For C.S. Simko founder Stuart Simko, it all began with a quest for the perfect belt. When the Greenville, South Carolina, pediatrician couldn’t find it, he did the next logical thing—he created one himself.
With an idea of turning quality raw materials into a refined design, he began experimenting with different types of leather and dye. “Hand-dying was one of the best things I could have done, because I learned how the process worked,” he tells The Window. Simko then partnered with England’s only remaining traditional oak bark tannery, whose long-established tanning method takes 12 to 18 months to complete (by comparison, calfskin is typically a 24 to 48-hour process). “Nobody does that anymore because it takes forever,” Simko adds, “but they kept doing it the old-school way.”
A longtime lover of the equestrian aesthetic, Simko sought out master saddlers to learn the classic finishing techniques that get passed down from generation to generation. “It turned into a search for the knowledge of how to make something great. In the leather world, people are really open with sharing their little secrets,” Simko says, “and if there’s a group of people who understand what good leather products are, it’s riders.”
The equestrian market proved to be not only design inspiration, but a captive audience. Riders, attracted to the belts’ fine bridle leather, brass harness buckles from the 1800s, and concealed hand-punched belt holes that complement their tailored style, were among the brand’s first fans. Fashion editors, bloggers and buyers followed suit, as the aesthetic appeal of the sturdy and streamlined accessory reaches far beyond the horse world.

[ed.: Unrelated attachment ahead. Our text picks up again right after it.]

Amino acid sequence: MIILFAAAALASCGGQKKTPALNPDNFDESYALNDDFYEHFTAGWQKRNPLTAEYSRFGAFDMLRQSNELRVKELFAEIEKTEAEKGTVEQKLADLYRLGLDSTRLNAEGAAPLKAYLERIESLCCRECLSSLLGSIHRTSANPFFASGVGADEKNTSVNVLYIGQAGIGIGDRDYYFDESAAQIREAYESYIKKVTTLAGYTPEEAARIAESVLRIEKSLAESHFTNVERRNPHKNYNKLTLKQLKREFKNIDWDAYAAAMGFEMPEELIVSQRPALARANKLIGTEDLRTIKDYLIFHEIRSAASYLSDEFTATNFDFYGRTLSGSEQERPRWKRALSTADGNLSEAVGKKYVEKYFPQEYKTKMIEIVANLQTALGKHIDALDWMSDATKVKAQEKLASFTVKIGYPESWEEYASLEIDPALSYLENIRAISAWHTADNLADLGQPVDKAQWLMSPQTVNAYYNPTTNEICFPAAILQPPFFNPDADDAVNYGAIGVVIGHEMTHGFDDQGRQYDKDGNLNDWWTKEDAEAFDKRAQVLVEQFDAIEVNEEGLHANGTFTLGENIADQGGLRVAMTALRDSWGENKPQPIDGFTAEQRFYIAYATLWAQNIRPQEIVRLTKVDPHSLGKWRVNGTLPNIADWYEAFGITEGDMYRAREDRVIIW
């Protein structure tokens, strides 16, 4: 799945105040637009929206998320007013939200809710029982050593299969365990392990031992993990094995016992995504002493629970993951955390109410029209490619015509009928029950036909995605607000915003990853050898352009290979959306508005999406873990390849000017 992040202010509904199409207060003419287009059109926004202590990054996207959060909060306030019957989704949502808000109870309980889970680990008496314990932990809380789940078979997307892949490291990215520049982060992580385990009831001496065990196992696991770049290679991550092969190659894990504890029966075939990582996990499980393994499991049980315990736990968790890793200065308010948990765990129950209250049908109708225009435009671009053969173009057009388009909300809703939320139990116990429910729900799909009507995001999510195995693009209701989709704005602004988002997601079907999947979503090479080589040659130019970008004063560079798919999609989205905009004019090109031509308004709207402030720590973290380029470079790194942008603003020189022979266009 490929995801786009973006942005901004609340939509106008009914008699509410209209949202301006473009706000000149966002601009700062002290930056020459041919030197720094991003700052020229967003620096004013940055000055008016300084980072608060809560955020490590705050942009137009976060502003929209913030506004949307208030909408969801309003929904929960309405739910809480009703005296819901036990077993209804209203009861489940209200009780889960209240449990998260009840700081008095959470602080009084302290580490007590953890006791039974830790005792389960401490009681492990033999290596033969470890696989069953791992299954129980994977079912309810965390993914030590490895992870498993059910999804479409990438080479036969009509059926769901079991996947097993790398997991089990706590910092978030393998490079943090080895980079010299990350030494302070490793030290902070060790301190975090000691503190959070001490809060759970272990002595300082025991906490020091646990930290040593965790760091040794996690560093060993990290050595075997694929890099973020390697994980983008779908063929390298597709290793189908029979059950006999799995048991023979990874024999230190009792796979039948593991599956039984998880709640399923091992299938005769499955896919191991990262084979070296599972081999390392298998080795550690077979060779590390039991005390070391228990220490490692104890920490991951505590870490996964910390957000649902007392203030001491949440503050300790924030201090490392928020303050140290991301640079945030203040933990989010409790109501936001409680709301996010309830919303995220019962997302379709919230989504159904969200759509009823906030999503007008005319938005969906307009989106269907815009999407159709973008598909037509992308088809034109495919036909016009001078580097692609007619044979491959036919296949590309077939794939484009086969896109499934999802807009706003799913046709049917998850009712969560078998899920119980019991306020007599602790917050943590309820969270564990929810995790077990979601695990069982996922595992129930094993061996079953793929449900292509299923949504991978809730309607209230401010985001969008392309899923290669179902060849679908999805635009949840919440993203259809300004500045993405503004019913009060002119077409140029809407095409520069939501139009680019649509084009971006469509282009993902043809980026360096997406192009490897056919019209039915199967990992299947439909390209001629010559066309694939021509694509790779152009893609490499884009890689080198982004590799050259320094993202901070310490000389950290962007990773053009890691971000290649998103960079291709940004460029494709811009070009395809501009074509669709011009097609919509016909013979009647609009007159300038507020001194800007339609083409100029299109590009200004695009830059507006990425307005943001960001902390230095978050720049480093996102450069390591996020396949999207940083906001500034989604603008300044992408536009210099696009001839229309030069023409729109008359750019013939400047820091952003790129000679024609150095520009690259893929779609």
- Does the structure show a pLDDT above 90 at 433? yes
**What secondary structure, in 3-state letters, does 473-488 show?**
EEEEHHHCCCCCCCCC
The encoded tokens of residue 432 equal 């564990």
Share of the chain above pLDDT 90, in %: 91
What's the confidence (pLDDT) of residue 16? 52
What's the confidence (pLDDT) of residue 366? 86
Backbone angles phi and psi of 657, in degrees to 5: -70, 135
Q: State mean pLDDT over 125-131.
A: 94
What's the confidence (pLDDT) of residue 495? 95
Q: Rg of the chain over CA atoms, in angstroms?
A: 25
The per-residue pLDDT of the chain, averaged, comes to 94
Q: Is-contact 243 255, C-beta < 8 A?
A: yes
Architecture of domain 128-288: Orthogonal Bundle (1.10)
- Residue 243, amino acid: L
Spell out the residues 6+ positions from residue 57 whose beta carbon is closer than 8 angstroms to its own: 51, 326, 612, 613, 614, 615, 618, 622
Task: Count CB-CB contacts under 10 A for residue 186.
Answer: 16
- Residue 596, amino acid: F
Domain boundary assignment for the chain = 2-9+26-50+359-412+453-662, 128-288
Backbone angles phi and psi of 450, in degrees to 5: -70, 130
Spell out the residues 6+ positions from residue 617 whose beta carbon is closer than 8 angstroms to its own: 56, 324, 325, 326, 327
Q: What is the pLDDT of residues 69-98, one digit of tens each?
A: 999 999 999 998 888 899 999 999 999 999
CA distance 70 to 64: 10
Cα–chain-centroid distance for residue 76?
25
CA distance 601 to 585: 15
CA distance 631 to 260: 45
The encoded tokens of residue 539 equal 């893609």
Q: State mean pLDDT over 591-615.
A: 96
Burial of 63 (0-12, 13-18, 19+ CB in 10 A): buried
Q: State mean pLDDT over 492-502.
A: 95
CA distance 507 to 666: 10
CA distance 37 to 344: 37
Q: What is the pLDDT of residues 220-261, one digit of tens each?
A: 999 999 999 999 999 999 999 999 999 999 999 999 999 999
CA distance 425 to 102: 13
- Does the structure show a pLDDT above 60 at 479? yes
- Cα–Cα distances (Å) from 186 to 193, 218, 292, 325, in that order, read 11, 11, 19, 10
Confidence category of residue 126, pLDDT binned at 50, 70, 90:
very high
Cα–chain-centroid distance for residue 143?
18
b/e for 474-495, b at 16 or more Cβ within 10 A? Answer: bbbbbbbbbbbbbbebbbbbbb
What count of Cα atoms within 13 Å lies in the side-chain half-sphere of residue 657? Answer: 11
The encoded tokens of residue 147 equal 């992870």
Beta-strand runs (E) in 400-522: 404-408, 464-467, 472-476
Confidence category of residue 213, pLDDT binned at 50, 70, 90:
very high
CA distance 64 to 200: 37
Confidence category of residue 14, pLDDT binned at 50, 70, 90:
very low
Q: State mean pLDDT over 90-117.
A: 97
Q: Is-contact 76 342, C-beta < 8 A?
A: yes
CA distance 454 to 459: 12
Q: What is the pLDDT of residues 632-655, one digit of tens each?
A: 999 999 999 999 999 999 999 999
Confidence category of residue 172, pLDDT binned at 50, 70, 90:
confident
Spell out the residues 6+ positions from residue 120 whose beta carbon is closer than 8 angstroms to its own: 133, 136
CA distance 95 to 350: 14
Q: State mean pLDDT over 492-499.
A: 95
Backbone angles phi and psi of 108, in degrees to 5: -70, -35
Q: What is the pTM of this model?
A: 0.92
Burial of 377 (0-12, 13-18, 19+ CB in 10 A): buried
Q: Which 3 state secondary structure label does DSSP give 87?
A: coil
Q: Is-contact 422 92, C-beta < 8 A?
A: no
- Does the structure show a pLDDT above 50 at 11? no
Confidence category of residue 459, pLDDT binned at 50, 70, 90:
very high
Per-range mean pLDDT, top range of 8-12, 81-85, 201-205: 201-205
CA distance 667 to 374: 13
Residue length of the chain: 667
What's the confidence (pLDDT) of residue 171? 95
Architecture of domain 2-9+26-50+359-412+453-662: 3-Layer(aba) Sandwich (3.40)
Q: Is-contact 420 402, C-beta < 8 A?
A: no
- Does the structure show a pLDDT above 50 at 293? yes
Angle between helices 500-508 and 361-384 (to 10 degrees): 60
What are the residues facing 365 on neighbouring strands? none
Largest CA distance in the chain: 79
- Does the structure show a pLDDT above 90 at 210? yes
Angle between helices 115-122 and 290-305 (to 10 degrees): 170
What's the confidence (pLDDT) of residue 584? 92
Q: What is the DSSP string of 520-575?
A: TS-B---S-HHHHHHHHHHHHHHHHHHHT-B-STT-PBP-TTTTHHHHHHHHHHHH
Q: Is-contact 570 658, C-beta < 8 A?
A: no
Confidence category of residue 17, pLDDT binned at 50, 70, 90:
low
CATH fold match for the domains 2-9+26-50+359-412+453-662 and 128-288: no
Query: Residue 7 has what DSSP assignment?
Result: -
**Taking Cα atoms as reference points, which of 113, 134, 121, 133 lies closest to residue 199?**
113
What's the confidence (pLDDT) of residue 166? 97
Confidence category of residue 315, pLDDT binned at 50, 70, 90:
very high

Most remarkable: Simko personally crafts each deliciously soft belt individually over the course of several days in his atelier. Slight variations in color (from rich brown to intriguing navy) or texture are what make the pieces truly customized. “When you pick one up, you notice a difference,” he says. “At Hermès, a craftsman can look at one of their handbags and tell you whether they made it or not just by the way they stitched things. That’s how I feel about the belts I do.”